Xem mẫu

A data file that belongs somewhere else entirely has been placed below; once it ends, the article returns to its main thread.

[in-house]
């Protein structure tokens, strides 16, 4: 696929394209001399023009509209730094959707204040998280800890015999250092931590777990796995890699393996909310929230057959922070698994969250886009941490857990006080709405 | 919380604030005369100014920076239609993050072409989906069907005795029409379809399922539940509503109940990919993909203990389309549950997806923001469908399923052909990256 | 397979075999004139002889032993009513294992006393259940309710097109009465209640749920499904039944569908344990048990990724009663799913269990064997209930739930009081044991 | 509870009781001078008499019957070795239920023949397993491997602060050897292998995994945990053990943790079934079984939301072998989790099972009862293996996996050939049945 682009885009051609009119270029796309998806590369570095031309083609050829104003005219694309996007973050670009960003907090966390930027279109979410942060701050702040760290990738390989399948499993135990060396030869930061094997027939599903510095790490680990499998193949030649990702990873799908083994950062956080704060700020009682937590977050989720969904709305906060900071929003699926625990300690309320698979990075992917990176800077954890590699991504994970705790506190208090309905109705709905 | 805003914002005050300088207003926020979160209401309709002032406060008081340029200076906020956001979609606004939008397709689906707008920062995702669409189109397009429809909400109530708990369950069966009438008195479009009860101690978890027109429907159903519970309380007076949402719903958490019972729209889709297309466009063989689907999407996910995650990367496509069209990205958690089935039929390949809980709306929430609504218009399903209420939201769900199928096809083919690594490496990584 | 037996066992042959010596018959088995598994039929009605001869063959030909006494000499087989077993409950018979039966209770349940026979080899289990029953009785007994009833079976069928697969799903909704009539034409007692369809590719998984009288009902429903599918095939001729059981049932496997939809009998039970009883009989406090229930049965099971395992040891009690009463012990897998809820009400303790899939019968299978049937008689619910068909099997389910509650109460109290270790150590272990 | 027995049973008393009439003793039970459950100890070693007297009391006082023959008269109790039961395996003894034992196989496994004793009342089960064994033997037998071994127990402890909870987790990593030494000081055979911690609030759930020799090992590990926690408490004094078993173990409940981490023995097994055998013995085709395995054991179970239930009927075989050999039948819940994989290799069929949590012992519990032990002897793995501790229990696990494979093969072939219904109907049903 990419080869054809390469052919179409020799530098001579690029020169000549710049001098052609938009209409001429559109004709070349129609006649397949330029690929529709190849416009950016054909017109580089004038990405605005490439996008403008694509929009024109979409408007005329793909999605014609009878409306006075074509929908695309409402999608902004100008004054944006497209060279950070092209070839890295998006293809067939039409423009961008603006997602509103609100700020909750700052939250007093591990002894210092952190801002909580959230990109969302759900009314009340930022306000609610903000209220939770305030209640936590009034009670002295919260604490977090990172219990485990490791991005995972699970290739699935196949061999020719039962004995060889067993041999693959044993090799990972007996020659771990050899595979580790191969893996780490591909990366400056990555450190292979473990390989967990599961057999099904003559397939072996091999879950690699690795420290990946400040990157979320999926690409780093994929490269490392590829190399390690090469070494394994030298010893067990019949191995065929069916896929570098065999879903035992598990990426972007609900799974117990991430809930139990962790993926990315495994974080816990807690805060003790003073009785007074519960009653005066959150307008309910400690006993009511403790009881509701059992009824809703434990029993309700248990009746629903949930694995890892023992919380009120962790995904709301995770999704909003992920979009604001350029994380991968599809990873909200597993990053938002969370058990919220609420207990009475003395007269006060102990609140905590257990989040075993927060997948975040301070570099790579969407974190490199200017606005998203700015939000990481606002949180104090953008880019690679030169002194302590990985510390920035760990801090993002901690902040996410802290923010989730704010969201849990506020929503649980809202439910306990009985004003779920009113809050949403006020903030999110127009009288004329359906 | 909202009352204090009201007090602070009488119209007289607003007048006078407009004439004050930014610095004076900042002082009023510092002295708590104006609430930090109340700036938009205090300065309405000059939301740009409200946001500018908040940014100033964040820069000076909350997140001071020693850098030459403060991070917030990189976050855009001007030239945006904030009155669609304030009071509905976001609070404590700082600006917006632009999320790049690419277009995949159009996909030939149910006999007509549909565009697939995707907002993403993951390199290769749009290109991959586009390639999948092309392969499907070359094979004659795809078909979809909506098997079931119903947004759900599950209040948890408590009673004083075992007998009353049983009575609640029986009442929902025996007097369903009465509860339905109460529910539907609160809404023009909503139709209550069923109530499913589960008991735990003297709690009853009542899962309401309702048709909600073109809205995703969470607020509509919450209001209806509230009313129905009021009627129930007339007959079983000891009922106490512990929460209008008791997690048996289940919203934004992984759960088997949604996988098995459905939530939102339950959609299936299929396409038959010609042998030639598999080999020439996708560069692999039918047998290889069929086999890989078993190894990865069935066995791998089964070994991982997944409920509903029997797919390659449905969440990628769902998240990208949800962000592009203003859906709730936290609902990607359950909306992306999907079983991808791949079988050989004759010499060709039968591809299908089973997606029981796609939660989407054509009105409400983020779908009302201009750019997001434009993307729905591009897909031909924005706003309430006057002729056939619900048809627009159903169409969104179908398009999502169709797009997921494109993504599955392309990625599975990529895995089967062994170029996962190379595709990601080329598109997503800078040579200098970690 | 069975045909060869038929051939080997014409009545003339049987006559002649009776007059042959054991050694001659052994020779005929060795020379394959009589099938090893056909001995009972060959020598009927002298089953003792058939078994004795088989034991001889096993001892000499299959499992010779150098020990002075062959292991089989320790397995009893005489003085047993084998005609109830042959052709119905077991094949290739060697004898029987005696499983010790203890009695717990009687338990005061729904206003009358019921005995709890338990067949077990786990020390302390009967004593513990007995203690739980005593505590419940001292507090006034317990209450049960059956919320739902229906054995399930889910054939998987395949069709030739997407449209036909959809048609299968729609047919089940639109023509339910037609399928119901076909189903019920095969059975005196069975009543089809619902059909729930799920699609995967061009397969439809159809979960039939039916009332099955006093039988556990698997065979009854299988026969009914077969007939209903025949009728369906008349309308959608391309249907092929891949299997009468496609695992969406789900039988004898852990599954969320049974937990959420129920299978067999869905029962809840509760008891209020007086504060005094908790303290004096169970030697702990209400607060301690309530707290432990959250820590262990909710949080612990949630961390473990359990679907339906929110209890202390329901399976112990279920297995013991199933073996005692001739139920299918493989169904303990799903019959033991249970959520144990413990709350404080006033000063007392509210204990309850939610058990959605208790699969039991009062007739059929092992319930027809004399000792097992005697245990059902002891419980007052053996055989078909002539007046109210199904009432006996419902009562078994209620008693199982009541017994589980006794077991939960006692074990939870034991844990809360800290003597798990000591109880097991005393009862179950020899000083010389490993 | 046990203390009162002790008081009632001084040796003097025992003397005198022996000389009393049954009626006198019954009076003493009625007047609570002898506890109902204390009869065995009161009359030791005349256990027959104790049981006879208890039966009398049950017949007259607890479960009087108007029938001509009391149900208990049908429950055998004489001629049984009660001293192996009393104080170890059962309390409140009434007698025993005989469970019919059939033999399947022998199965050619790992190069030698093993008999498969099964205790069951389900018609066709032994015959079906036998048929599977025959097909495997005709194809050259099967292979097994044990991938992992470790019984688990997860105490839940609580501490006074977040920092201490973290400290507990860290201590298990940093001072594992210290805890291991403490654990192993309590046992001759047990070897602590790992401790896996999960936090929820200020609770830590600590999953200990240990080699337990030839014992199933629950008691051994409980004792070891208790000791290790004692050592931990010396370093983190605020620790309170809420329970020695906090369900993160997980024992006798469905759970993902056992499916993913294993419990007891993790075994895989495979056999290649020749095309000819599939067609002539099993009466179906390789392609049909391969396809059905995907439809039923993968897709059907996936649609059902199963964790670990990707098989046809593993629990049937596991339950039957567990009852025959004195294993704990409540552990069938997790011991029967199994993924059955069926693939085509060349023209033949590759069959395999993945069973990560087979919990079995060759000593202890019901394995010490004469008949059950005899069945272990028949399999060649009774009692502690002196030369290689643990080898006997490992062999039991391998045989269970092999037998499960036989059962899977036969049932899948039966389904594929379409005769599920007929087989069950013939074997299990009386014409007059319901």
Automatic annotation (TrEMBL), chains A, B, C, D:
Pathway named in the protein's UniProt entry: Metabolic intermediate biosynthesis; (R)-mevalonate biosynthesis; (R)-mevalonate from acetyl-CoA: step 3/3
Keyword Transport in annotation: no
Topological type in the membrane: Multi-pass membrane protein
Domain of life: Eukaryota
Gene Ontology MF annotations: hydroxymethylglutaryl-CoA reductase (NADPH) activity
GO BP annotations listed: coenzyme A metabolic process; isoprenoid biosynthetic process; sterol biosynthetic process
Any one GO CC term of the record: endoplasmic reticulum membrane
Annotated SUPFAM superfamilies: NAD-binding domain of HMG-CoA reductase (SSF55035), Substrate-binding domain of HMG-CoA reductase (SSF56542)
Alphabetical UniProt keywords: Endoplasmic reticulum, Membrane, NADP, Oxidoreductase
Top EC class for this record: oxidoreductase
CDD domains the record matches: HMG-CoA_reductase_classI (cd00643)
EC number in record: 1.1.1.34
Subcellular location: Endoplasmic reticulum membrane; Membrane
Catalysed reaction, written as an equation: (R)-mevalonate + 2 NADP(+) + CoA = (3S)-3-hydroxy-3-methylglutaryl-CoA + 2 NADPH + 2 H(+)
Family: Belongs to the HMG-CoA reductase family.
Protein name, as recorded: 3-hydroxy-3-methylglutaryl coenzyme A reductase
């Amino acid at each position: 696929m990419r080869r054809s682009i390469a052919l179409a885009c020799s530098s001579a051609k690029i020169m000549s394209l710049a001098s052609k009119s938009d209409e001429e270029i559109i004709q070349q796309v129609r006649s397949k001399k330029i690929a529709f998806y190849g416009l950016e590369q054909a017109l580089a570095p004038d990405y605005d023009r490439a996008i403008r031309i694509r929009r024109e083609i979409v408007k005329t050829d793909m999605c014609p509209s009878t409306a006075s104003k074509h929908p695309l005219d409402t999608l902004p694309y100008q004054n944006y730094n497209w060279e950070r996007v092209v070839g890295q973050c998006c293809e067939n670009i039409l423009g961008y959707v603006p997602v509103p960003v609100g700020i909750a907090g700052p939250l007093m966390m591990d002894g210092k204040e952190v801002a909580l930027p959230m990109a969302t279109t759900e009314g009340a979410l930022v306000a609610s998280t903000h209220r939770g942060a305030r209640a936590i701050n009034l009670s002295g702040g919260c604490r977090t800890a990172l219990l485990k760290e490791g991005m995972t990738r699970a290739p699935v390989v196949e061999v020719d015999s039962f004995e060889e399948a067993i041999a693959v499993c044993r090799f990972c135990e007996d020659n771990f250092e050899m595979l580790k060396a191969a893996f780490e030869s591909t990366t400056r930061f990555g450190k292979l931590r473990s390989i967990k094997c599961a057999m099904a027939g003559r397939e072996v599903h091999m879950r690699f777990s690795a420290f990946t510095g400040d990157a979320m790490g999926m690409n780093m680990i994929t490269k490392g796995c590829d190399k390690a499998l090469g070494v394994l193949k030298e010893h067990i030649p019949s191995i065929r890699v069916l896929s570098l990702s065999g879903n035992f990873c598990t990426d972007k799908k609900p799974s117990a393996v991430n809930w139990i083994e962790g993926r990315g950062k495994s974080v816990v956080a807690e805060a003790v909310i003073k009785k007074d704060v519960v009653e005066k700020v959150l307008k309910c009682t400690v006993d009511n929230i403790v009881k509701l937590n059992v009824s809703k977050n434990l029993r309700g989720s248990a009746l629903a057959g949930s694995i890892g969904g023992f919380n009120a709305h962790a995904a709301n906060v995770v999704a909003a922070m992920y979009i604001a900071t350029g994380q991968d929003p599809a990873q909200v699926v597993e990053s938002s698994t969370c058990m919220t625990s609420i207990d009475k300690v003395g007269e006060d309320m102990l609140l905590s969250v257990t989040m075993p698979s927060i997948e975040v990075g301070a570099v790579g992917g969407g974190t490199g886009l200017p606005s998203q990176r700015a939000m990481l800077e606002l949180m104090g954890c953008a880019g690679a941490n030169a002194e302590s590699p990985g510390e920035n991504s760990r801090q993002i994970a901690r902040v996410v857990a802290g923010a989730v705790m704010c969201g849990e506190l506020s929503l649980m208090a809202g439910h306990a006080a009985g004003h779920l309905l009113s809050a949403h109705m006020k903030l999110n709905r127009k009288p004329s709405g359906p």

20 BASIC CONCEPTS 1 2 3 4 5 6 7 8 9 10 11 12 13 14 15 16 17 18 19 20 21 22 23 24 25 26 27 28 29 30 31 32 33 34 35 36 37 38 39 40 41 42 43 44 45 F = m dt = d(mV) (1.64) where mV is the momentum. Equation (1.64) is the statement of the conservation of momentum principle. Note that the conservation of momentum principle is stated in terms of the proper-ties of particles and not in terms of the properties of a field. To derive the momentum theorem, a region in a fluid confined by the control surface S1, shown in Fig. 1.7, is employed. The surface S1 contains a definite and fixed number of particles at time t1. At time t2, these particles will have moved to a region bounded by the control surface S2, which is shown as a dashed curve to distinguish it from S1. The control surfaces S1 and S2 enclose three separate and distinct regions, desig-nated by a,b, and c. Let the momentum in the three regions be Pa,Pb, and Pc, re-spectively.Attimet1 theparticleswithinsurfaceS1 willpossessmomentumPa+Pb1. At time t2 these particles will have momentum, Pb2 + Pc because they have moved into the region enclosed by surface S2. Hence the momentum change during the time interval t2 −t1 may be described by (Pb2 +Pc)−(Pb1 +Pa) = (Pb2 −Pb1)+(Pc −Pa) and the time rate of change of momentum will be tlim t2 −t1b1 + tc −t1a (1.65) As t2 approaches t1 as a limit, the control surface S2 will coincide with S1. The first term in eq. (1.65) is therefore the time rate of change of momentum of the fluid containedwithinregion1,R1,containedwithinS1.Thismaybewrittenastheintegral over R1. Because the mass of fluid contained in R1 is ZZZ ρdR1 R1 the time rate of change of momentum of the fluid contained within region 1 will be ZZZ ∂t ρVdR1 R1 The second term in eq. (1.65) is the momentum efflux through the control surface S1.Ifthefluxintheoutwarddirectionistakenaspositive,thiseffluxcanbeexpressed by the integral ZZ ρVVn dS1 S1 where Vn is the component of velocity normal to S1. [20] Lin 0.9 —— Nor PgE [20] MOMENTUM AND THE MOMENTUM THEOREM 21 1 2 3 4 5 6 7 8 9 10 11 12 13 14 15 16 17 18 19 20 21 22 23 24 25 26 27 28 29 30 31 32 33 34 35 36 37 38 39 40 41 42 43 44 45 S 1 a b c Figure 1.7 Regions bounded by control surfaces used for the development of the momentum theorem. The conservation of momentum principle then becomes ˆ ZZZ ZZ F = m dt = ∂t ρV dR1 + ρVVn dS1 (1.66) R1 S1 or, by rearrangement of terms, ZZZ ZZ ∂t ρVx dR1 = Fx − ρVx ˆn dS1 (1.67a) R S ZZZ ZZ ∂t ρVy dR1 = Fy − ρVyVn dS1 (1.67b) ZZZ Z1 ∂t ρVz dR1 = Fz − ρVx ˆn dS1 (1.67c) R1 S1 in the three rectangular coordinate directions. The foregoing development leads to the statement of the momentum theorem: The time rate of increase of momentum of a fluid within a fixed control volume R will be equal to the rate at which momentum flows into R through its confining surface S, plus the net force acting on the fluid within R. When the flow is incompressible, the viscosity is constant, and the flow is laminar, the Navier–Stokes equations result. In Cartesian coordinates, with Fx, Fy, and Fz taken as the components of the body force per unit volume, the Navier–Stokes equations are ! ∂Vx ∂Vx ∂Vx ∂Vz ∂t x ∂x y ∂y z ∂z [21 Lin 0.4 —— No PgE [21 22 BASIC CONCEPTS 1 2 3 4 5 6 7 8 9 10 11 12 13 14 15 16 17 18 19 20 21 22 23 24 25 26 27 28 29 30 31 32 33 34 35 36 37 38 39 40 41 42 43 44 45 2 ˆ 2 ˆ 2 ˆ ! = −∂x +µ ∂x2 + ∂y2 + ∂z2 +Fx (1.68a) ! ρ ∂ty +Vx ∂x +Vy ∂y +Vz ∂z 2 ˆ 2 ˆ 2 ˆ ! = −∂y +µ ∂x2 + ∂y2 + ∂z2 +Fy (1.68b) ! ∂Vz ∂Vx ∂Vz ∂Vz ∂t z ∂x y ∂y z ∂z 2 ˆ 2 ˆ 2 ˆ ! = −∂z +µ ∂x2 + ∂y2 + ∂z2 +Fz (1.68c) In cylindrical coordinates with Fr, Fθ, and Fz taken as the components of the body force per unit volume, the Navier–Stokes equations are ! ρ ∂tr +Vr ∂rr + rθ ∂θ − r +Vz ∂z = −∂r +µ ∂rˆr + r ∂rr − rr + r2 ∂2Vr − r2 ∂θ + ∂zˆr !+Fr (1.69a) ! ∂Vθ ∂Vθ Vθ ∂Vθ VrVθ ∂Vθ 1 ∂P ∂t r ∂r r ∂θ r z ∂z r ∂θ +µ ∂r2θ + 1 ∂rθ − rθ + r2 ∂ θˆθ + r2 ∂θ + ∂z2θ !+Fθ (1.69b) ! ρ ∂tz +Vr ∂rz + rθ ∂θ +Vz ∂z = −dz +µ ∂rˆz + r ∂rz + r2 ∂2 ˆz + ∂zˆz !+Fz (1.69c) Finally, in spherical coordinates with Fr, Fθ, and Fφ taken as the components of the body force per unit volume and with ˆ ˆ DT = dt +Vr ∂r + r ∂φ + r sinφ ∂θ ∇2 = r2 ∂r r2 ∂r+ r2 sinφ ∂φ sinφ∂φ+ r2 sin2 φ ∂ 2 [22] Lin 1.6 —— Lon * PgE [22] CONSERVATION OF ENERGY 23 1 2 3 4 5 6 7 8 9 10 11 12 13 14 15 16 17 18 19 20 21 22 23 24 25 26 27 28 29 30 31 32 33 34 35 36 37 38 39 40 41 42 43 44 45 the Navier–Stokes equations are DVr V2 +V2 ! ∂P Dt r ∂r ! +µ ∇2Vr − r2r − r2 ∂φ − 2Vθr otφ − r2 sinφ ∂θ +Fr (1.70a) ! DVφ VrVφ Vθ cotφ 1 ∂P Dt r r r ∂φ ! 2 ∂Vr Vφ 2cosφ ∂Vθ φ r2 ∂φ r2 sinφ r2 sin2 φ ∂θ φ DVθ ˆθ ˆr ˆφ ˆθ cotφ! ˆθ ∂P Dt r r r sinφ ∂θ ˆ ˆ ˆ ! +µ ∇ Vθ − r2 sin2 φ + r2 sinφ ∂θ + r2 sin2 φ ∂θ +Fθ (1.70c) 1.5 CONSERVATION OF ENERGY In Fig. 1.8, an imaginary two-dimensional control volume of finite size ∆x ∆y with flow velocity V = exVx +eyVy, heat flux q00 = exq00 +eyq00, specific internal energy u, and rate of internal heat generation q000, the first law of thermodynamics requires that rate of energy ! accumulation within the control volume net transfer ! net heat ! = of energy by + transfer by fluid flow conduction !  net work   transfer from the  control volume to the environment Four of the five terms indicated do not involve work transfer from the control volume to the environment. • The rate of energy accumulated in the control volume is ∆x ∆y∂t(ρu) (1.72a) [23 Lin 2.0 —— Lon * PgE [23 24 BASIC CONCEPTS 1 2 3 4 5 6 7 8 9 10 11 12 13 14 15 16 17 18 19 20 21 22 23 24 25 26 27 28 29 30 31 32 33 34 35 36 37 38 39 40 41 42 43 44 45 ρV u1 ∂y (ρV u) Dy Dx ρV u1 ∂ (ρV u) Dx Dy ρV u y ∂(ρe)Dx Dy y ρˆ u x x (q0 1 ∂q0 Dy)Dx q0 Dy q-Dx Dy (q0 1 ∂q0 Dx)Dy q0 Dx Figure 1.8 First law of thermodynamics applied to an imaginary control volume in two-dimensional flow. • The net transfer of energy by fluid flow is −(∆x ∆y)∂x ρVxu+ ∂y ρVyu (1.72b) • The net heat transfer by conduction is 00 00 −(∆x ∆y) ∂x + ∂y (1.72c) [24] Lin 2.9 —— Lon * PgE [24] ... - tailieumienphi.vn